The United States is very clearly suggesting that it will try to be restrained. How exactly the United States will implement these restraints is unclear – the United States is unlikely to announce its exact rules of engagement to the world for fear that other actors might then be able to game these rules.
Furthermore, the United States seems to be moving towards publicly identifying actors that it believes to be norm breakers, and sometimes providing public evidence that supports its allegations. It is doing this by building collaboration between the military, intelligence and criminal justice systems – the public indictment of Chinese hackers appears to have been in part an effort to enforce the United States’s preferred norms.
The United States now believes that deterrence is possible in cyberspace
During the Cold War, a lot of U.S. strategic doctrine rested on the idea of deterrence – that one could prevent attacks on the United States and its allies, by e.g. threatening painful retaliation. Deterrence is a lot harder in cyberspace. It is often hard to be sure exactly who attacked you (the so-called ‘attribution problem’) making punishment problematic. As the then-Deputy Secretary of Defense William Lynn described the problem in a 2010 article in Foreign Affairs:

traditional Cold War deterrence models of assured retaliation do not apply to cyberspace, where it is difficult and time consuming to identify an attack’s perpetrator. Whereas a missile comes with a return address, a computer virus generally does not.

The United States has gradually been shifting position and now argues that deterrence is both possible and necessary. The new strategy document says that the United States:

must be able to declare or display effective response capabilities to deter an adversary from initiating an attack; develop effective defensive capabilities to deny a potential attack from succeeding; and strengthen the overall resilience of U.S. systems to withstand a potential attack if it penetrates the United States’ defenses.

The United States clearly believes that it now has the forensic ability to successfully identify attackers and to punish them. It also believes that it is possible to practice ‘deterrence by denial’ – making defense systems so effective that attackers will give up in frustration. Finally, the document talks about the need for ‘resilience’ – that is for building systems that are robust enough to survive cyber-attacks. This is a frequent theme in recent discussions of cybersecurity, and appears to now be a substantial plank of U.S. strategy. However, much of the U.S. technology infrastructure is in private hands – it is not at all clear that these capabilities will stretch to cover private as well as military systems.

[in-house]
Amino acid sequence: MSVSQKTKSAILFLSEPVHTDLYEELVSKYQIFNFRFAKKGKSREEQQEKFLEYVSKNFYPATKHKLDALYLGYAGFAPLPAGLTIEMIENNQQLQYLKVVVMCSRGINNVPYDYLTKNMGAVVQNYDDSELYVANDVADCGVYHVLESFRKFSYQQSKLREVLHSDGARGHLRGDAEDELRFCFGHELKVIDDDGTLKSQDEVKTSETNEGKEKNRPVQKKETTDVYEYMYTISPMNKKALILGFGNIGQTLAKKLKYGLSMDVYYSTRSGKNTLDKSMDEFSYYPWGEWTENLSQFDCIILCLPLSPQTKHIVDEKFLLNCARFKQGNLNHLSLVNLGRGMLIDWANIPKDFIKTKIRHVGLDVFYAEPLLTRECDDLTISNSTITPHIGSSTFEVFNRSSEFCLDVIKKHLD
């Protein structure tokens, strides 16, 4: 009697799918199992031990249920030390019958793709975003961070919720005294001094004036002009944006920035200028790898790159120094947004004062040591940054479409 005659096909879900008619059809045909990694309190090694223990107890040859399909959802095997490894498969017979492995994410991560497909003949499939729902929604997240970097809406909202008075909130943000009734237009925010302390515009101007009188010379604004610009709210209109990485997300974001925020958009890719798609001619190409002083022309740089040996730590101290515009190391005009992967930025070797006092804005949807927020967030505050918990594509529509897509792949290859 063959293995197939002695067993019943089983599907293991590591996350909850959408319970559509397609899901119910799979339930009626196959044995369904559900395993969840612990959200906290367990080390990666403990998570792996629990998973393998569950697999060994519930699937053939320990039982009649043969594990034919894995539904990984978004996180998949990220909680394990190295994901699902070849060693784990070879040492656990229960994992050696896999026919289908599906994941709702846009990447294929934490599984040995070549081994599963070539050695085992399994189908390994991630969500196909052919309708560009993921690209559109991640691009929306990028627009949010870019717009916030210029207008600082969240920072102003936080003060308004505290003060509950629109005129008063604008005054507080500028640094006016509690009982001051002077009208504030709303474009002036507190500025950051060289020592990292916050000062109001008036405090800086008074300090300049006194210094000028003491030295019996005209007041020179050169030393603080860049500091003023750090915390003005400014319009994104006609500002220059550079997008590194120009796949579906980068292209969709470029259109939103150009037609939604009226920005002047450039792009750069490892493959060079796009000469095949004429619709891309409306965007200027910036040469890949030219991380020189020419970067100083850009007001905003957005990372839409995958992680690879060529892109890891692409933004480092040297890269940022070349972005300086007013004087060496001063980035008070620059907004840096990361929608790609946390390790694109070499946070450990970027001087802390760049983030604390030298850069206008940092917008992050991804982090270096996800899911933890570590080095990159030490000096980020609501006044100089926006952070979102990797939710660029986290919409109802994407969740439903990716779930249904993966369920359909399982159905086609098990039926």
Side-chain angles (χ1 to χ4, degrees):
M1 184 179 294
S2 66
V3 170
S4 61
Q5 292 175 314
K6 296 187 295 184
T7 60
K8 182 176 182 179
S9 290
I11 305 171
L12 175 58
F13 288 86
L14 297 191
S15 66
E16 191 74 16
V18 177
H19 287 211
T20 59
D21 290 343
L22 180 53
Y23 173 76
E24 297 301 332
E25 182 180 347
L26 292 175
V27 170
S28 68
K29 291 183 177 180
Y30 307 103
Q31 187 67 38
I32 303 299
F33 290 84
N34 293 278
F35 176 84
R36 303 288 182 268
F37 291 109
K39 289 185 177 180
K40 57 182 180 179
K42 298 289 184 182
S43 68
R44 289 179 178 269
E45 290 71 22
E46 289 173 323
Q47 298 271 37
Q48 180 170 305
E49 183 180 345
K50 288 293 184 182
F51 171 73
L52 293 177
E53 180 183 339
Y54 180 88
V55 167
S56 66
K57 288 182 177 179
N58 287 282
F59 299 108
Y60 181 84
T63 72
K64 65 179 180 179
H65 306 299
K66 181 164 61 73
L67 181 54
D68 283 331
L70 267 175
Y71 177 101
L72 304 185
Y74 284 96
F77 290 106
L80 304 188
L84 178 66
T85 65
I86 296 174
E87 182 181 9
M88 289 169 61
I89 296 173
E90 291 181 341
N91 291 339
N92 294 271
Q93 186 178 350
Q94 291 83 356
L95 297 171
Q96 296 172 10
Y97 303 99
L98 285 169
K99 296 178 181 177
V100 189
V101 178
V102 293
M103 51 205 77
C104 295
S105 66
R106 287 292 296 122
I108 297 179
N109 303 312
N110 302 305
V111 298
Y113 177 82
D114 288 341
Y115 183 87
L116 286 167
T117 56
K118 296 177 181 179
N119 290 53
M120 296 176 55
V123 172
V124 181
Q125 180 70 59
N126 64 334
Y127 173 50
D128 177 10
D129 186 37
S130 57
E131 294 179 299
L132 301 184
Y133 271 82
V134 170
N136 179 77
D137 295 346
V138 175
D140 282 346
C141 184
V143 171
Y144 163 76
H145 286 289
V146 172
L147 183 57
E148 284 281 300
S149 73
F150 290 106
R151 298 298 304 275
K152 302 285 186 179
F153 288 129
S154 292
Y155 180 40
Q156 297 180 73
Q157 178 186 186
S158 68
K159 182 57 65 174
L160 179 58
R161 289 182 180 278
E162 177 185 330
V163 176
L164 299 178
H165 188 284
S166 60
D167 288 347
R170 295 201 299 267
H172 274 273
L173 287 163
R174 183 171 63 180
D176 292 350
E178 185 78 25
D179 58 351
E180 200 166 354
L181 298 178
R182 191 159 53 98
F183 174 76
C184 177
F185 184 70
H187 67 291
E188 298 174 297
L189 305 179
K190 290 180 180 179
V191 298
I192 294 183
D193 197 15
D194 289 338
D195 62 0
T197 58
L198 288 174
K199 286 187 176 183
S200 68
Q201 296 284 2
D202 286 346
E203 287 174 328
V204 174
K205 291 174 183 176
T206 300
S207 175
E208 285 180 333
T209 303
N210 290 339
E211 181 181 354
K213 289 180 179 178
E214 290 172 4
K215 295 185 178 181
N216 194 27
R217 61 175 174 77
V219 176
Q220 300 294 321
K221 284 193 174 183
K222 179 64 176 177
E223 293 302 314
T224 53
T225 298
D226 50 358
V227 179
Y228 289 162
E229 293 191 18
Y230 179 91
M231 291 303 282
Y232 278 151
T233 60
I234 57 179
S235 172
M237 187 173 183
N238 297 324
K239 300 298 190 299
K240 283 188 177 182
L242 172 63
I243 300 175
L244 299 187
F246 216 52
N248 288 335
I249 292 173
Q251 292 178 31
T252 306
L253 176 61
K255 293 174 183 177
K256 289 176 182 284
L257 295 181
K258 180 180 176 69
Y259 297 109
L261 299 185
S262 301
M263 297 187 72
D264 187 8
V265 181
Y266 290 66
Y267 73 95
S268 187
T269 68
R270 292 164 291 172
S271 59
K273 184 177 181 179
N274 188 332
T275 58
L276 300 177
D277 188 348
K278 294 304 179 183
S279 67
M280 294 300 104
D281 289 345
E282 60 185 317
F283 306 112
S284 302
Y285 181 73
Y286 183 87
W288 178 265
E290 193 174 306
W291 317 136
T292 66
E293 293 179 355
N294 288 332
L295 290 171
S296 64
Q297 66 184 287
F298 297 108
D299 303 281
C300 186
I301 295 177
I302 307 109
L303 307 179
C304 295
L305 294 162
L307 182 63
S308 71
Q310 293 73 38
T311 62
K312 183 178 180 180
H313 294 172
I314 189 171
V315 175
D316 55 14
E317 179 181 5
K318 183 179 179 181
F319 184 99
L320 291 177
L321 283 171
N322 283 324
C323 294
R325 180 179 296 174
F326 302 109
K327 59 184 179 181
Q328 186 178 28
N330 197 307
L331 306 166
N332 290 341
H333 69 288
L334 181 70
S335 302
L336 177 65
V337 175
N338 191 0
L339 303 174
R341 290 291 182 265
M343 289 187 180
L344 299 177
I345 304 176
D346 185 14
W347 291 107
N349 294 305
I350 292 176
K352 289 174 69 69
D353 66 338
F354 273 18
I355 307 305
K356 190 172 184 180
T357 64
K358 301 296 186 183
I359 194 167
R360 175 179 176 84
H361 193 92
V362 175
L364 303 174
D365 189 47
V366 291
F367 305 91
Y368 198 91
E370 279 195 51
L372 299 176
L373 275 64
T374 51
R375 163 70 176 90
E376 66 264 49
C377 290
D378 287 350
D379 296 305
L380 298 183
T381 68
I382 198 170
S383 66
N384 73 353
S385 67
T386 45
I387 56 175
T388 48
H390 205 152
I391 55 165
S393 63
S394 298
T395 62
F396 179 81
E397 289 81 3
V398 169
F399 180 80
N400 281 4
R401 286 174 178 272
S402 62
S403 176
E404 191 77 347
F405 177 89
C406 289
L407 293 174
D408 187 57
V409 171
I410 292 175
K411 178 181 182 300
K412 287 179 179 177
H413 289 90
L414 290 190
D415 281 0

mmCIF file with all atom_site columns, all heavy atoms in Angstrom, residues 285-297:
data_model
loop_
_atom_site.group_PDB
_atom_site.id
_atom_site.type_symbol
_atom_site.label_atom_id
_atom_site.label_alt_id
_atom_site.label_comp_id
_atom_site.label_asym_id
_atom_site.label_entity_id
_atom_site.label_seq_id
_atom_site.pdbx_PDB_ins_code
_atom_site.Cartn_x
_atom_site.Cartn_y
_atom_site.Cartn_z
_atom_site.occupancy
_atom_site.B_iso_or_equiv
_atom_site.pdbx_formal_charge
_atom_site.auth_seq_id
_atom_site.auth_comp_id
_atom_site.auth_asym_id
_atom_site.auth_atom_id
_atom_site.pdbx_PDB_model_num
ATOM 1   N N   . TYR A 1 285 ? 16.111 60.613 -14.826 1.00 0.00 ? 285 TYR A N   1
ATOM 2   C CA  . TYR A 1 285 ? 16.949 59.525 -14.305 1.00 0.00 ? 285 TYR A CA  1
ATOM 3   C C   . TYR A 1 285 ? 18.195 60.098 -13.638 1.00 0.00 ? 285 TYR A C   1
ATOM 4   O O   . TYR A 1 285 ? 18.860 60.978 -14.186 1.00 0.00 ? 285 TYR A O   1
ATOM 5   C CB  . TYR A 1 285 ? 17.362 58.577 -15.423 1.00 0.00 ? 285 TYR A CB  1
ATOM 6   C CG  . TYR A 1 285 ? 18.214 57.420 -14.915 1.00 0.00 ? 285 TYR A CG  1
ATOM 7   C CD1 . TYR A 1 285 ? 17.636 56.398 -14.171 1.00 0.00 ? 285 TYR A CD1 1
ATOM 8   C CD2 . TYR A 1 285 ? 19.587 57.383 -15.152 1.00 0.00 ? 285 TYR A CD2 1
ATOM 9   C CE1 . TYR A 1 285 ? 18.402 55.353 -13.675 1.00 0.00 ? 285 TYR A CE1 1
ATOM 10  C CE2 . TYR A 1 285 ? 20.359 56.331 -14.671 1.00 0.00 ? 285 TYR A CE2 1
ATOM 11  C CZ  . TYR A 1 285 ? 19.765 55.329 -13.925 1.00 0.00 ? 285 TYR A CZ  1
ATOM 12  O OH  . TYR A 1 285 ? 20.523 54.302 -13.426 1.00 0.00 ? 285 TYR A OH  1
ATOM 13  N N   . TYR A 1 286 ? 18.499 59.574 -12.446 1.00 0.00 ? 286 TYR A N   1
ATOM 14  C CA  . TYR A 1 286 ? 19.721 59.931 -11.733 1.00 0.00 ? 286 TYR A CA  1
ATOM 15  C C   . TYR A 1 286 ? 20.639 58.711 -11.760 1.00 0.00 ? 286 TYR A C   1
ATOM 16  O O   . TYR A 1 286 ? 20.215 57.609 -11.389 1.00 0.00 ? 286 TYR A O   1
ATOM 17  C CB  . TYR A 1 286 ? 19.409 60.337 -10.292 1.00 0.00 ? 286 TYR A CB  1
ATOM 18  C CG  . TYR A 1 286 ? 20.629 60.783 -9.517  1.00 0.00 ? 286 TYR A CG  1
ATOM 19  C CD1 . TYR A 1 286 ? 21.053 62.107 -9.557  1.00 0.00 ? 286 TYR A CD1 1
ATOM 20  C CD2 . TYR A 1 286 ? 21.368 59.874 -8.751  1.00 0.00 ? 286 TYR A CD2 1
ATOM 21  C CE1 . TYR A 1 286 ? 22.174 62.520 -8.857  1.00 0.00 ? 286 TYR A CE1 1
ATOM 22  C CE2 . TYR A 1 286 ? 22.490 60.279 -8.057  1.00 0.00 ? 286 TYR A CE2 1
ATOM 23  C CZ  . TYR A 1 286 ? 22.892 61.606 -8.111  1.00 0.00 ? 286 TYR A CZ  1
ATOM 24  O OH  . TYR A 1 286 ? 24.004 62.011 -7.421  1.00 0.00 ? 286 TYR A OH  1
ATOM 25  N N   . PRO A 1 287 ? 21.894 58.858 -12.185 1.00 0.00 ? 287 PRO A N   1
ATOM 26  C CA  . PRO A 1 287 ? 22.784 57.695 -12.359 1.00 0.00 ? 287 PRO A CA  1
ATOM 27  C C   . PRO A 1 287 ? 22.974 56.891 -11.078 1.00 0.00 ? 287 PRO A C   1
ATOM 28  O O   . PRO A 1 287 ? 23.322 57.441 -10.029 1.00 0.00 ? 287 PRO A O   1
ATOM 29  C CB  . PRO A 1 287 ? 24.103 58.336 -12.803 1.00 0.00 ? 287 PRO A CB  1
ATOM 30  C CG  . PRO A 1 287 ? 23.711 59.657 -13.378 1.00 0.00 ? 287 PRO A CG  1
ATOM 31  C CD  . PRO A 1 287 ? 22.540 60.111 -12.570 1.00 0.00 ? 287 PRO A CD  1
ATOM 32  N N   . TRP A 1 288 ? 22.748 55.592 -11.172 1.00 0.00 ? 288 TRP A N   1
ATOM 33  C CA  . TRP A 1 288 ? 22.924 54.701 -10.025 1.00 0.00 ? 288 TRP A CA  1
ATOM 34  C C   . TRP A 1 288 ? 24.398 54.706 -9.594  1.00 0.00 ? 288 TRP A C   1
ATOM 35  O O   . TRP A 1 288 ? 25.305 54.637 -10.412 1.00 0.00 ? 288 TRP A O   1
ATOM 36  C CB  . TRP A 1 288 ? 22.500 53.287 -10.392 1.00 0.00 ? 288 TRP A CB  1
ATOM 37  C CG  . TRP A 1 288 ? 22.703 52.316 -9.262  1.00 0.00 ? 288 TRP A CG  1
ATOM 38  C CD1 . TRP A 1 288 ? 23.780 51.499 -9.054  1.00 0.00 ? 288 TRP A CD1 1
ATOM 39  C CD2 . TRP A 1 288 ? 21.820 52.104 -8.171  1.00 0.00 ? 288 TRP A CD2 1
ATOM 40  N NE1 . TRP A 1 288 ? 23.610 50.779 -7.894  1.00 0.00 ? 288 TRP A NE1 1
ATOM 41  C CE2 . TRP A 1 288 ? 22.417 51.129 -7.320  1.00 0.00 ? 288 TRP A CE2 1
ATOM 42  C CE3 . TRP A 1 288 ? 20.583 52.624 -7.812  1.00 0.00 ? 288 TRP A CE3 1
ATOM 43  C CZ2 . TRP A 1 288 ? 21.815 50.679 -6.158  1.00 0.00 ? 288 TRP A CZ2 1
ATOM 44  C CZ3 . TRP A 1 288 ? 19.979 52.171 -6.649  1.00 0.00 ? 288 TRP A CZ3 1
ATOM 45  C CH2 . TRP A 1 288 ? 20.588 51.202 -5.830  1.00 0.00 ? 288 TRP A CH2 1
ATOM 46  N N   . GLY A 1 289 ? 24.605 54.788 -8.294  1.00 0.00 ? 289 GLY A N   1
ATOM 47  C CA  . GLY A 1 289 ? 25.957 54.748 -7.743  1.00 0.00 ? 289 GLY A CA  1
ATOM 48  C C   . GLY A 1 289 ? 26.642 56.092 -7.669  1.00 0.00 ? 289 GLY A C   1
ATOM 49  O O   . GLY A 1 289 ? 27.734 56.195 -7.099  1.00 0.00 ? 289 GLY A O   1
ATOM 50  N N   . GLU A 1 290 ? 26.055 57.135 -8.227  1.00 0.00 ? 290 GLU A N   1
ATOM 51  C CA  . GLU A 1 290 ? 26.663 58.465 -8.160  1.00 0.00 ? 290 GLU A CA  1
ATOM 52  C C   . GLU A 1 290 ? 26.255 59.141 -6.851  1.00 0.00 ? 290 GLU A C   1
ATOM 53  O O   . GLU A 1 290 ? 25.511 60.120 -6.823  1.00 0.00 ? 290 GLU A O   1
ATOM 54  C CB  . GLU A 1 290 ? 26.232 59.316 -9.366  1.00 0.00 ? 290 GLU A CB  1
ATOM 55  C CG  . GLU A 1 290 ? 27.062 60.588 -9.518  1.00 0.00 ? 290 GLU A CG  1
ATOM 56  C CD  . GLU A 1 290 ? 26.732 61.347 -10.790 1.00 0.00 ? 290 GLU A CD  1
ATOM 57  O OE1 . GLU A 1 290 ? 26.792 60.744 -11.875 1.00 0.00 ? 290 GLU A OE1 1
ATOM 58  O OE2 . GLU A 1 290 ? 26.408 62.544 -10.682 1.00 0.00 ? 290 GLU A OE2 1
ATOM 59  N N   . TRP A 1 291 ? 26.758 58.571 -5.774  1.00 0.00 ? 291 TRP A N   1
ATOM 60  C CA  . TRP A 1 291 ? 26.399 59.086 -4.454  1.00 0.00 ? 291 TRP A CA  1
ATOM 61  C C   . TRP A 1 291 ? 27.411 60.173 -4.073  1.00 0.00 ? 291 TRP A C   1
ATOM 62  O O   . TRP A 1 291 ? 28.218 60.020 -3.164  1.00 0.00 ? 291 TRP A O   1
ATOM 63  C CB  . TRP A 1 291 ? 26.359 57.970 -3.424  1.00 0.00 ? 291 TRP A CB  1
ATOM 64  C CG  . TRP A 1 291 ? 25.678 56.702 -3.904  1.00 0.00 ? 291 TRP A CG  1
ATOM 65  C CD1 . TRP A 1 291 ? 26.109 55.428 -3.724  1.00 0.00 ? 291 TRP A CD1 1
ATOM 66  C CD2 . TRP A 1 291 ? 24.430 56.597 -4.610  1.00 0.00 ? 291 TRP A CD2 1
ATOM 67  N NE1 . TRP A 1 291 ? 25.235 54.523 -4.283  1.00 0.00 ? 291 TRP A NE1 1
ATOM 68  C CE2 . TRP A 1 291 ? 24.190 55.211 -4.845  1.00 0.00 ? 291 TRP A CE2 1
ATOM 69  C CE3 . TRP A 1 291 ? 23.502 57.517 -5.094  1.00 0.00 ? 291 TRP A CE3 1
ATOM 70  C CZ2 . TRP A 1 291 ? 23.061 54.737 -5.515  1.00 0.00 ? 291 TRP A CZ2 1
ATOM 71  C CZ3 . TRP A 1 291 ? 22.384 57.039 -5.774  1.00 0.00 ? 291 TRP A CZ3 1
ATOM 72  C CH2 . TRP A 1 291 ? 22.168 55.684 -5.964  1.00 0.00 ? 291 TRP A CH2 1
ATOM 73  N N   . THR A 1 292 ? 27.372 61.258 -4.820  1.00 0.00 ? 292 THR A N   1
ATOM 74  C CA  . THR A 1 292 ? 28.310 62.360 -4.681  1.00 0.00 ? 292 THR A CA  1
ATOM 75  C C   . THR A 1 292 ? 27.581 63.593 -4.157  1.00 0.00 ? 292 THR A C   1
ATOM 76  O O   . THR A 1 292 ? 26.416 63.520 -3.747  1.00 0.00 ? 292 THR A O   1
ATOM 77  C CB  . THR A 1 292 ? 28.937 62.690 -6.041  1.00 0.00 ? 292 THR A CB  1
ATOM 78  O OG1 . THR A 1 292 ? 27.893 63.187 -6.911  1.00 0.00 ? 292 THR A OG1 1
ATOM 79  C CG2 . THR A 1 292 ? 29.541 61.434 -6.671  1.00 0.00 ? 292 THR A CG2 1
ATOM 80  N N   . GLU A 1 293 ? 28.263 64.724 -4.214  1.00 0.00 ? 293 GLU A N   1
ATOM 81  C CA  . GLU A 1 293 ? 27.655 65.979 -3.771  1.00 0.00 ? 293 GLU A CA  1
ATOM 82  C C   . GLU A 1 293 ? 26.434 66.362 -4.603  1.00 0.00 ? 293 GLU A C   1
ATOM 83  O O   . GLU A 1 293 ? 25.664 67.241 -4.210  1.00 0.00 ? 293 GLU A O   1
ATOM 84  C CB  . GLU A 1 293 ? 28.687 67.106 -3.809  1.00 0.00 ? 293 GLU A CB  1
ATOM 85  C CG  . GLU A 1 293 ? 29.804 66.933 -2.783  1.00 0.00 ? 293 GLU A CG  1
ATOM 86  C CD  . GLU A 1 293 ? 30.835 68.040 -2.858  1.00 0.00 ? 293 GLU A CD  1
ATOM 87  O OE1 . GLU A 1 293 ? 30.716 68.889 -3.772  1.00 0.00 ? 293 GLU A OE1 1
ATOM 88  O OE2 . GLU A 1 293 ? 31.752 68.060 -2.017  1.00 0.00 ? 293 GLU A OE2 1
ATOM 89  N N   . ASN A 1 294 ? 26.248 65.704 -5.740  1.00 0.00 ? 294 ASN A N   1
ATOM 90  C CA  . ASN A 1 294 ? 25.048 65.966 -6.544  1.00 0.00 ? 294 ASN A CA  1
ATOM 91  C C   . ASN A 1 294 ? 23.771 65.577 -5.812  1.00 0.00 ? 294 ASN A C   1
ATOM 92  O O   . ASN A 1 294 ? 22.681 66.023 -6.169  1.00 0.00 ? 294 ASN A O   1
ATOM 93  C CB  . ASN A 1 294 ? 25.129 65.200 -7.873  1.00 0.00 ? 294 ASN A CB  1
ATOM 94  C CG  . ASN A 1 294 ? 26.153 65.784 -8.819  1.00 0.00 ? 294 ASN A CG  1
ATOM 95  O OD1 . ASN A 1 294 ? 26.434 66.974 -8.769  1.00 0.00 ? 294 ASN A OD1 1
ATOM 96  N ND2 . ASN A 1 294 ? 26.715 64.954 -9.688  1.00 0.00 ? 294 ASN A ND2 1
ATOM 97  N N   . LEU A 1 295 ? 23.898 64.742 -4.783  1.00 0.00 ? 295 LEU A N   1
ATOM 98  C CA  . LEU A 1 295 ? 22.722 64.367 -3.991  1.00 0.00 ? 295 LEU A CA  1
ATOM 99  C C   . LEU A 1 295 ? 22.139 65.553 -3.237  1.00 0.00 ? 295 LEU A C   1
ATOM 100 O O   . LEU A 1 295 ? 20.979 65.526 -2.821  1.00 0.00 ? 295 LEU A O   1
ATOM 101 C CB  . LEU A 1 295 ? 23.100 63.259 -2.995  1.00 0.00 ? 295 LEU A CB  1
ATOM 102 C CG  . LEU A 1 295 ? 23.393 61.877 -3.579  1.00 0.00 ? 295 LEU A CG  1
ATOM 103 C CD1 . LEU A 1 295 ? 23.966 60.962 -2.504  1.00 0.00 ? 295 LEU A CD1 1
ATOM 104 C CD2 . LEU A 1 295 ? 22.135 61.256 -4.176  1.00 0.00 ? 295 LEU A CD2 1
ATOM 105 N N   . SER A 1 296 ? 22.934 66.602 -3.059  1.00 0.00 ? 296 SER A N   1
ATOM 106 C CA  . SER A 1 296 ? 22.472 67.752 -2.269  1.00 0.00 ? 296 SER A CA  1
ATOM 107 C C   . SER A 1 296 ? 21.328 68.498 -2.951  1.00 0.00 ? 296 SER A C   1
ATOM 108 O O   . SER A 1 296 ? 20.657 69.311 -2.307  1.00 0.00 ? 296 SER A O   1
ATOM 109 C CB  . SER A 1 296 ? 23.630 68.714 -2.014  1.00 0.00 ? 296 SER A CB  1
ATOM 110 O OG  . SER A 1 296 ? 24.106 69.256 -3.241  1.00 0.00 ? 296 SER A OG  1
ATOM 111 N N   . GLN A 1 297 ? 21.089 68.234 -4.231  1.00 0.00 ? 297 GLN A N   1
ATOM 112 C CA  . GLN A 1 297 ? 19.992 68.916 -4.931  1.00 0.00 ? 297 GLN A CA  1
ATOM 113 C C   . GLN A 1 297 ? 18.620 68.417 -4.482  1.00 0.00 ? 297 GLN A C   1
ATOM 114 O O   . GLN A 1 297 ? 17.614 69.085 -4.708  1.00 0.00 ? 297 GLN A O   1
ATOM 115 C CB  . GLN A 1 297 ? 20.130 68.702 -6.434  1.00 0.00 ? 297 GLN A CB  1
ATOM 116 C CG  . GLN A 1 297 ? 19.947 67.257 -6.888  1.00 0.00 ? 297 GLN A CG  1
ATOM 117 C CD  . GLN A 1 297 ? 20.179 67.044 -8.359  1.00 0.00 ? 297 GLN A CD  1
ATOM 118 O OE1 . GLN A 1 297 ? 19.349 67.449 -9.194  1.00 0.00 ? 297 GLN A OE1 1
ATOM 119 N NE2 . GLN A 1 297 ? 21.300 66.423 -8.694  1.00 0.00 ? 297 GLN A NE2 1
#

The United States is starting to stigmatize markets for ‘zero day exploits’
One of the most interesting suggestions in the strategy document is that:

A nation-state, non-state group, or individual actor can purchase destructive malware and other capabilities on the black market. State and non-state actors also pay experts to search for vulnerabilities and develop exploits. This practice has created a dangerous and uncontrolled market that serves multiple actors within the international system, often for competing purposes.

Here, the United States is referring both to malware and so-called ‘zero day exploits’ — fundamental vulnerabilities in software that allow attackers e.g. to take complete control of a system (the Stuxnet attack used multiple zero day exploits). Clever hackers and specialized firms sell these exploits to the highest bidders in a semi-clandestine market. The United States has reportedly itself bought vulnerabilities on this market in the past, either to use to shore up U.S. defenses, or to exploit against U.S. adversaries. Even so, it makes excellent sense for the United States to try to crack down on these markets. Not only are they hard to control, but they potentially undermine U.S. strategic advantage. Since the United States has far better internal resources than other states, it is better able to develop zero day exploits itself without having to buy them on the open market. Most other states and non-state actors aren’t so lucky. It will be interesting to see if the United States now starts to take action against businesses and individuals who operate in the gray zone buying and selling these exploits.